Today is a good day to code

JoostBook – Joost to Facebook Interface Widget

Posted: December 31st, 1969 | Author: | Filed under: java, JavaScript, Programming, Uncategorized | Tags: , , , | No Comments »

JoostBook – Joost to Facebook Interface Widget

Picture of IrvinSince I'm in love with Joost, I have been thinking about good applications that I could write for the platform. Before I get into talking about the widget / plugin, let me just say that the experience I have had with communicating with the Joost engineers, through their joost-dev google group, as well as them allowing early access to their SDK, has been outstanding. I have rarely come across a more open and generous group. Typically, the SDK guardians are very selfish about discussing future features, and are usually quite arrogant about the possibility of a developer finding an undiscovered bug. None of this has been the case with the Joost SDK staff.

If you don't want to read the details about how I built it, and you just want to use it, you can get it here: JoostBook: Joost / Facebook Interface. You will need Joost, and a facebook account to get started.

Now, about the widget. Firstly, the installation is a little wierd because of the level of control facebook insists on. In order to use the SDK, you have to authenticate, if an unauthenticated request is made, the response is with the facebook login page. This makes for some unique error catching conditions.

Secondly, we web developers often take for granted that the DOM will have a listener attached to it, and will automatically refresh if anything in the DOM changes. Well, I know that the Joost engineers are working on it, but it doesn't refresh, and therefore, while you can create new XHTML elements, as well as modify the ones that are there with JavaScript. You are best off currently just hardcoding all of your objects up-front, and changing their contents. Also, injecting XHTML using innerHTML doesn't really work so well currently either. I'd suspect that much of this is because there is a bridge between the 2D world of XULRunner / Mozilla, and the 3D world of the Joost interface. I'm sure there is a lot of complexity between the two.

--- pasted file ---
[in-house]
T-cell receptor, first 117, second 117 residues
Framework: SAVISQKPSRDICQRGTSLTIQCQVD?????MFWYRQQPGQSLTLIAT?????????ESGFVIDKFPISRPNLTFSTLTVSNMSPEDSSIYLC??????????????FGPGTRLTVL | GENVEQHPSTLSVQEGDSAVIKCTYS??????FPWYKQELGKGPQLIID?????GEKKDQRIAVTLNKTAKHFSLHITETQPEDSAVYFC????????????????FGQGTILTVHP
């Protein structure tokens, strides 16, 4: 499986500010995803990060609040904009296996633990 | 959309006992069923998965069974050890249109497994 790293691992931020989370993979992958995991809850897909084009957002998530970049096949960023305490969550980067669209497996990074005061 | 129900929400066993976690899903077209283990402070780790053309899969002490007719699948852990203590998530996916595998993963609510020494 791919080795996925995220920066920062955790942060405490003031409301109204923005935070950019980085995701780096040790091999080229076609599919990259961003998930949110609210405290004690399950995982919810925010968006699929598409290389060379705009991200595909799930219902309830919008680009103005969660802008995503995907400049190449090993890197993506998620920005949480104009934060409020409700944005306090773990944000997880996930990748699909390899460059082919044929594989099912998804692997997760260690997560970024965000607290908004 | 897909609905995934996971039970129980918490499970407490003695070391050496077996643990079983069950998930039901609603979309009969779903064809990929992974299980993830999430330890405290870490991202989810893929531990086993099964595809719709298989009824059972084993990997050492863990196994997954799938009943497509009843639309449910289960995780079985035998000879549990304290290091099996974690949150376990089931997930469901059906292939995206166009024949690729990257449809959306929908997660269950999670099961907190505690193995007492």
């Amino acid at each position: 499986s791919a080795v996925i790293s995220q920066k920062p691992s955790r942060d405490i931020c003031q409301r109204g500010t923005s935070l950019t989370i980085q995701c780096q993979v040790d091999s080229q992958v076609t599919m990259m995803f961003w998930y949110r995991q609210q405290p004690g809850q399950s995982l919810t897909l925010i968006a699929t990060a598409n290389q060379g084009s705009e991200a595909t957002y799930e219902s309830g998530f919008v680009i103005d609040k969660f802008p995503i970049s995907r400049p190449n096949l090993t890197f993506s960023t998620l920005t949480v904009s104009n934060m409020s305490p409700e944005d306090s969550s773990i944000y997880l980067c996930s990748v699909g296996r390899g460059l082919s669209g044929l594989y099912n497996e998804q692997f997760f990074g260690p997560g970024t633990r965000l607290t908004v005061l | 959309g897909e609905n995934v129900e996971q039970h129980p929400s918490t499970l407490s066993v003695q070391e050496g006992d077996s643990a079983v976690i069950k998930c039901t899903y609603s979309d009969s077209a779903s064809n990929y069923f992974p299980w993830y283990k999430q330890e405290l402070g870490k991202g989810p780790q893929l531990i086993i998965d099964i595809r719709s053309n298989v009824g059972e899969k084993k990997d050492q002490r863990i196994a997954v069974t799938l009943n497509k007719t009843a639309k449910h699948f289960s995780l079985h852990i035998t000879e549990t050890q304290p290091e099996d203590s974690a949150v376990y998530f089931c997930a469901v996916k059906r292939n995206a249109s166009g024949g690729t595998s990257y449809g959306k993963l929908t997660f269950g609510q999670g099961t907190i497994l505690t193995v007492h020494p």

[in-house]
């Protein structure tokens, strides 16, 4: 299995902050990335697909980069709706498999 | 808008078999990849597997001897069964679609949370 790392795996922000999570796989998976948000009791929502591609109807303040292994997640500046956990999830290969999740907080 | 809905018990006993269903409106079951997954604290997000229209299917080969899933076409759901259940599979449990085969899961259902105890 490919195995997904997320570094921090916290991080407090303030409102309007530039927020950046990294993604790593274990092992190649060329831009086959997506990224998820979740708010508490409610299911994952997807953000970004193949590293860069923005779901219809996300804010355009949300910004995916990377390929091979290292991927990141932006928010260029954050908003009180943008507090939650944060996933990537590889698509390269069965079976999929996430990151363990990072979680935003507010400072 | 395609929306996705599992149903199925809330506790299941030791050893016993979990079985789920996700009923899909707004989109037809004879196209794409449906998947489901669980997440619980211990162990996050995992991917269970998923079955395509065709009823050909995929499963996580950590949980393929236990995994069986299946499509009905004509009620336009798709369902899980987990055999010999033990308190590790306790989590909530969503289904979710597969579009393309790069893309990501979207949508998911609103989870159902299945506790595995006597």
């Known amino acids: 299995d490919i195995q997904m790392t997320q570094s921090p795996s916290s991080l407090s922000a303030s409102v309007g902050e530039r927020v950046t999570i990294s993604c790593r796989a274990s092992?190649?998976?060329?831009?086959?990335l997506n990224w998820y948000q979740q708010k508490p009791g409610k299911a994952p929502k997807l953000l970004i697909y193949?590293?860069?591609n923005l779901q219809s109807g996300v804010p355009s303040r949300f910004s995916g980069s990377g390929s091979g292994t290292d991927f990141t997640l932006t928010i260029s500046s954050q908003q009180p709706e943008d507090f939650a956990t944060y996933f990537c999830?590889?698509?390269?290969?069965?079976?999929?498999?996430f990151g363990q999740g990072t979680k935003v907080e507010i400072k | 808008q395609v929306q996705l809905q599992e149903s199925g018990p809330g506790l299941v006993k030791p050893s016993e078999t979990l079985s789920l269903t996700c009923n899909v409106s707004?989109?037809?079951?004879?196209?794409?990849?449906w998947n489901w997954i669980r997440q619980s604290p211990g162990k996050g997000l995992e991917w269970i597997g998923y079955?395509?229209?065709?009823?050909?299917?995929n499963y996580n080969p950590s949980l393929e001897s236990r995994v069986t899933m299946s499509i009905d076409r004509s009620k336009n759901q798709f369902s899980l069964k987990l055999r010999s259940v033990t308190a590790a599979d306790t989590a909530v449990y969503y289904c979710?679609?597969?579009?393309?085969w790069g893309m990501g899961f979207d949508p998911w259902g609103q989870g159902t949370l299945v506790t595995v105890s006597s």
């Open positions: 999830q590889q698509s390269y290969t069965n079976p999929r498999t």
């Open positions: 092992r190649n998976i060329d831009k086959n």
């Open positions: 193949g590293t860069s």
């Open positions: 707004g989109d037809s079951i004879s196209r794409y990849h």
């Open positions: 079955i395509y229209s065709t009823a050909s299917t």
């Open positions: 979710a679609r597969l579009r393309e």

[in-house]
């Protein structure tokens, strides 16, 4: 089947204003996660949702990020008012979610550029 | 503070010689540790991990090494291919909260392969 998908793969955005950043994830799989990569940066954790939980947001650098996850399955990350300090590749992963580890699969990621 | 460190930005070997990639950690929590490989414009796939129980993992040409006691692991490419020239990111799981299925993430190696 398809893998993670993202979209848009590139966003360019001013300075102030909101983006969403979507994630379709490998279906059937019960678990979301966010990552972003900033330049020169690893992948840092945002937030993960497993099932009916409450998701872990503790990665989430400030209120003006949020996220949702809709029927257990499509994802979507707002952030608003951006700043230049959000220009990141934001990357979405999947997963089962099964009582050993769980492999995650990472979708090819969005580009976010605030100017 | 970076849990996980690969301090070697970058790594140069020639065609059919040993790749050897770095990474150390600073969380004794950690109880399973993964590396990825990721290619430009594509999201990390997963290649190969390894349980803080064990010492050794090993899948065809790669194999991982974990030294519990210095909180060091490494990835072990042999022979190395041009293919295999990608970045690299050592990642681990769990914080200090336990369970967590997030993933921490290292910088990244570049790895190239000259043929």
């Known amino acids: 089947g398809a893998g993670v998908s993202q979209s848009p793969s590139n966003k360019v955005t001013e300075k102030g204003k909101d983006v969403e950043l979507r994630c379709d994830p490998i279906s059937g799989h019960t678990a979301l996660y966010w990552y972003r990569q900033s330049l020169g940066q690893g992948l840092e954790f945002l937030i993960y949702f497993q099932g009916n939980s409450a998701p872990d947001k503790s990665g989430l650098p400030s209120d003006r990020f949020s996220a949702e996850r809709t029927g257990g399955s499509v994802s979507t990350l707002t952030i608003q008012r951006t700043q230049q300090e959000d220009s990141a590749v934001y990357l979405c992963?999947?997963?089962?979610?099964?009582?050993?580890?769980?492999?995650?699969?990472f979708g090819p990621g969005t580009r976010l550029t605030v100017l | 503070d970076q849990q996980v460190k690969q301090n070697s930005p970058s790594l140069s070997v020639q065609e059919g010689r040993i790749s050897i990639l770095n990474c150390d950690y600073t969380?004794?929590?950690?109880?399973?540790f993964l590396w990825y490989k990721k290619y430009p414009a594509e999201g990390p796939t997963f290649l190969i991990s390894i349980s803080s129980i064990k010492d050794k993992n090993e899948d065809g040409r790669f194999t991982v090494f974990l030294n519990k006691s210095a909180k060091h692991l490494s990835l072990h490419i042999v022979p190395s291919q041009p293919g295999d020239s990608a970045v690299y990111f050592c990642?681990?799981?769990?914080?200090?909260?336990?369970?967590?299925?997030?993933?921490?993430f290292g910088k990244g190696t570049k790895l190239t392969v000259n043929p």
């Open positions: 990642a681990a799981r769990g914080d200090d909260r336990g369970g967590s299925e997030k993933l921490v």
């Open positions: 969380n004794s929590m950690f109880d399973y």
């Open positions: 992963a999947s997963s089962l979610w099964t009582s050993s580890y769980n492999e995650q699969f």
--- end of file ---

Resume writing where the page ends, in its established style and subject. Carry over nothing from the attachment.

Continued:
So basically, once you have downloaded Joost, and installed the plugin, the first thing I had to do was check for if you are logged in, if you aren't logged in, it has to show you the facebook login page in an iframe so that the XULRunner browser can be cookied. After that, the widget should work like one would expect. You may have to log in alot, and if you aren't logged in, obviously the application can't update the JoostBook facebook application.

Writing the Joost plugin was the easy part, getting the facebook stuff to work was the hard part. Most of it was because the error handling is terrible. Since facebook doesn't allow you to see the 500 errors that your server is throwing, and it doesn't log it, you have to find other ways to check to see if your server is behaving properly. I spent a lot of time in my logs checking for errors.

The install process is a little wierd too, for example, in Firefox 2.0.0.8 on Windows XP, when I clicked on the Joda file linked in the page, it tried to open it as if it were some kind of markup file, obviously the joda looked like garbage, I had to right click and save. Perhaps if I had used a joost:// link it would have worked OK, but I think more research is in order. I didn't really try it in IE because most of the readers of this blog use Firefox, but it should work the same way.